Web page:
Let me tell you about Charlie.
I work in one of the busiest parts of the city of Boston. From tourists with money to spend to homeless without money, this area sees it all. There are the wealthy and the poor, the able and the lame, the seeing and the blind, the casual dresser and the sophisticated business woman.
And there is Charlie.
Charlie is completely wheelchair bound with a body that won’t do what he wants. He is dependent on people for all activities of daily living. His motorized wheelchair allows him to push some buttons and go short distances, but otherwise his chair and his body are prisons. A black bag across the back of the wheelchair holds his supplies for the day – water, a thermos of coffee, a small radio – he is in his own words a “purveyor of un-cool music.” Charlie is difficult to understand, but if you really listen he’s got a great sense of humor and a strong personality.
I first saw Charlie in a church we used to attend downtown. There he was, every Sunday at the end of the aisle. It was a later on that I realized he must live in the area because beginning with the first warm days of spring through the fall, in rain or shine, Charlie is outside. He is the eyes and ears of the area, taking in far more than anyone imagines.
The Charlies of our world make us uncomfortable. We don’t know how to interact or what to say. We feel guilty that we can’t do more and it is so easy to walk by. And Charlie can’t work. There is nothing he can do to be what our society deems as “productive.” Absolutely nothing. But he shows up, he is not despairing, he communicates as he is able and when people will listen.
So when I think about work, value, productivity, and cultural beliefs about work I can’t help but think about Charlie. When I think about a theology of work, Charlie looms ever-important.
Because if work is what gives us our only value than Charlie has no value. If work and salaries are what a society has held up as the only standard, than we must discard many in our world. More so, if this is all we have than we’ve nowhere to go but down hill.
In a sermon on work Tim Keller, a pastor at a large church in New York City says (and I paraphrase) this: When you understand the gospel, a gospel of grace you can rest from the need to find yourself in your work, rest from the need to have your sole identity and your soul’s identity be in your work. If you don’t, he warns, you will work yourself to death or become cynical. Our work is to be for God, for others, for our community. It is an expression of the energy and creativity of our Creator.
And it hit me yesterday as I saw Charlie – my work is for Charlie. Not directly, but indirectly. Being faithful to what God has given me, to where God has gifted me, honors the Charlies of our world; those who would give much to be whole, who would give anything to have Jesus come by their side and say “Pick up your mat and walk – go to work – go and do what you’ve never been able to do.” My work is part of the bigger story in our world – and that is God’s story. Not my story, not Charlie’s story, not your story.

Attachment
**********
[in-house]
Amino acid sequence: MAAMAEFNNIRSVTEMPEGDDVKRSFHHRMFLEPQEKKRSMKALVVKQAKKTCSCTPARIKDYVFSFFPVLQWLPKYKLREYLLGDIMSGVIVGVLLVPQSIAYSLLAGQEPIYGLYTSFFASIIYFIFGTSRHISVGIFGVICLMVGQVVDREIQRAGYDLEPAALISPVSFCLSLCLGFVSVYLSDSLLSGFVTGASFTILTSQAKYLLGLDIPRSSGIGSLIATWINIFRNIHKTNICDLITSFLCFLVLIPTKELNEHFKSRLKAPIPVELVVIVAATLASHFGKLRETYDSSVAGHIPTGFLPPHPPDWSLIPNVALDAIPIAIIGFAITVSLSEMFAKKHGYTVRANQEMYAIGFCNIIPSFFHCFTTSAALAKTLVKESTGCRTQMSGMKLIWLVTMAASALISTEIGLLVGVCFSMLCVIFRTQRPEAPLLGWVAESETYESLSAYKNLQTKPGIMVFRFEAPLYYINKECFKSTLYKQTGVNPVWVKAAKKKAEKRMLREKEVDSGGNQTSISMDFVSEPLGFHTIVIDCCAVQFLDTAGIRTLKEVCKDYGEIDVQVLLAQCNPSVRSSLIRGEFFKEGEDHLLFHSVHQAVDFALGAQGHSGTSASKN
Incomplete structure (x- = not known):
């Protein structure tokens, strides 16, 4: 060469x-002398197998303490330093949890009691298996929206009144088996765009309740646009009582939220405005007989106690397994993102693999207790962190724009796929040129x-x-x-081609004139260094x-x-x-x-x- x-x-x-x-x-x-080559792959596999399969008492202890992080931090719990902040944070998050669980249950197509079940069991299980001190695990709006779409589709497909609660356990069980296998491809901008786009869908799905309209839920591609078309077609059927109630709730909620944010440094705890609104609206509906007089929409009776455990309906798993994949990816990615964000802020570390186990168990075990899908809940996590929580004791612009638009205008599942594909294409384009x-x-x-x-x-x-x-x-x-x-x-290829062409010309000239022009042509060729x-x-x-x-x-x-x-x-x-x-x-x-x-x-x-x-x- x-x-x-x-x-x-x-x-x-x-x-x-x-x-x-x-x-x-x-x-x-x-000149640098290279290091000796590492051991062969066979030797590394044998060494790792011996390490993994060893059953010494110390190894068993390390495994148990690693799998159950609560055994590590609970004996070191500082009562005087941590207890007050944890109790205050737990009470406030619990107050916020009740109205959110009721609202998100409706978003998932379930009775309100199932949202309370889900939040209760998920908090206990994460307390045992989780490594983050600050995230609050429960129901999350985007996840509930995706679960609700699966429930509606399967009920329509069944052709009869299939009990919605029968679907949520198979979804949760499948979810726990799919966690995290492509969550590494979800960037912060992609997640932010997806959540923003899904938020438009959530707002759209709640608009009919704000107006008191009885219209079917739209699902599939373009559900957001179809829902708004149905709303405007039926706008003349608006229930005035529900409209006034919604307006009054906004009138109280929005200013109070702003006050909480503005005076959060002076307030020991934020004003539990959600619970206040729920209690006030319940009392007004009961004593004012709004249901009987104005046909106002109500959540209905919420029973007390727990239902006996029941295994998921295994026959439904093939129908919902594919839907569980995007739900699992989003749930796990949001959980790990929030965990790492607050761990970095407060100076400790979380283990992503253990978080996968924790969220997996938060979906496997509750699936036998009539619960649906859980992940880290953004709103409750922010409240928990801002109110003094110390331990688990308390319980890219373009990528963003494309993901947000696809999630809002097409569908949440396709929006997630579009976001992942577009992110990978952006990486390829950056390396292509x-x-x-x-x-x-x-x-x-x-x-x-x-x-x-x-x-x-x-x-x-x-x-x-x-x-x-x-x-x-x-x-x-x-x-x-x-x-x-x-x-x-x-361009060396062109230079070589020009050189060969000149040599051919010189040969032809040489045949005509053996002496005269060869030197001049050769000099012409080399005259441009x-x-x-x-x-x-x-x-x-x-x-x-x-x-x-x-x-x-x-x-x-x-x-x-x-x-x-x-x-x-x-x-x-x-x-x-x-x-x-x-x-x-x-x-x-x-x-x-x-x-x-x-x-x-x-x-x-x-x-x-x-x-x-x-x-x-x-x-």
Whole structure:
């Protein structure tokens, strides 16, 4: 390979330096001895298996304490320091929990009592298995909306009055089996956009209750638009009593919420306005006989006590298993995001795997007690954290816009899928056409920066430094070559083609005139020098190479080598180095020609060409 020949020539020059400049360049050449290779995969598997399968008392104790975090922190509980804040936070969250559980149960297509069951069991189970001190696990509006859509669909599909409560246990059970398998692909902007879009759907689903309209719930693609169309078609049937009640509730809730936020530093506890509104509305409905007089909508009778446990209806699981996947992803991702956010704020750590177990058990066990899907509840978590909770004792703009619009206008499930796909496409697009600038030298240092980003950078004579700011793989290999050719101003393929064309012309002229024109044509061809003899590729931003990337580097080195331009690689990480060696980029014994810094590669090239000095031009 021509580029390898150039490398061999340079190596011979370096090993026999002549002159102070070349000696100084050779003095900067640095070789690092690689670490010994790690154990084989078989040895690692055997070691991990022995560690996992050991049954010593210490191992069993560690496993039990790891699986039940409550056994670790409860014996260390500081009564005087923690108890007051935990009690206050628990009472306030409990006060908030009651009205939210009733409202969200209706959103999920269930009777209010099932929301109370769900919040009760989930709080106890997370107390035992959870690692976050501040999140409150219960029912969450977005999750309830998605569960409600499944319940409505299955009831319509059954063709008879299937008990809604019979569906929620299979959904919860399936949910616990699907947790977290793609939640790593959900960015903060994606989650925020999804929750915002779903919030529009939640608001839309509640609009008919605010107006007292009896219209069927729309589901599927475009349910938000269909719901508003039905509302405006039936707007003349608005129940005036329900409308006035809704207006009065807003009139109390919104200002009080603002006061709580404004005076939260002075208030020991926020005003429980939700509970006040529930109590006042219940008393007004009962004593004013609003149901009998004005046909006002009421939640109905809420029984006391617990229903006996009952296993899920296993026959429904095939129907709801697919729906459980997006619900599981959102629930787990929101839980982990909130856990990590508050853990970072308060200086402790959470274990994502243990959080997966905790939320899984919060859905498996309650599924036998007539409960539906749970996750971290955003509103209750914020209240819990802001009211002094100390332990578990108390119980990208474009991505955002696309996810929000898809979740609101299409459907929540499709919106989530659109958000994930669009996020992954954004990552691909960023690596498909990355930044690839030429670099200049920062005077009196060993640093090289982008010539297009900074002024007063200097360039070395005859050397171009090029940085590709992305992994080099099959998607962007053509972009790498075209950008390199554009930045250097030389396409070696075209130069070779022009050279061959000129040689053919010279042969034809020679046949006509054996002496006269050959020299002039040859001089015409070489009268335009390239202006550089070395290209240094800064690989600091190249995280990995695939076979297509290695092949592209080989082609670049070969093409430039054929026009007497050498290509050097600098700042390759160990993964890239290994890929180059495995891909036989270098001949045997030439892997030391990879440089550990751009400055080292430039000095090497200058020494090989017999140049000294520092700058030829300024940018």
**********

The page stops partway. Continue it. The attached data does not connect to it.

Not only that, Charlie unknowingly serves as my teacher; a guide to what is really valuable in life and a representative of something bigger than I can really understand. And that is our personhood, the fact that we have value because we exist and are made by God. There is nothing else that truly gives us value.
So today I work for God and for Charlie, and I’ll learn from God and from Charlie. Tomorrow I’ll struggle again – I know that. And in writing tomorrow I’ll work through some of the third culture kid struggle with 9-5 jobs and fitting into a western societal mold. But for today I pray I will honor the Charlies of our world by working where God has placed me.
I loved the comments from yesterday’s post – both on the blog and on the Facebook page. There was so much wisdom in them. Here are a few excerpts but head over to the post to read the full comments:
From Sharon: “I have always believed there is a dignity to work. As we seek to reflect God in all ways, we can’t ignore that our God is a creative, active God. Work is only “one” of the ways we are active. It can be drudgery or delight less by what the actual work is but more so what we bring to it.”
From Maureen: “We are told in Genesis essentially to work our garden, in spite of the weeds which will we will have to constantly remove—a highly repetetive and discouraging but necessary task. For most of us, working is in itself a pleasure, as long as we can imagine the final product coming: the fruit of our labor. When our work flows, when we see the light in a studen’ts eye, when a sick person recovers, we feel content and everything seems right with the world. When we hit snags, peope are unresponsive or deliberately obstructive, schedules stress or patients worsen, the weeds are winning, and work chokes our spirits.”
What about you? What are your thoughts on your work being part of a bigger story? On your work being partly for the Charlies of our world?
Picture Credit: http://pixabay.com/en/disability-rehabilitation-wheelchair-224130/
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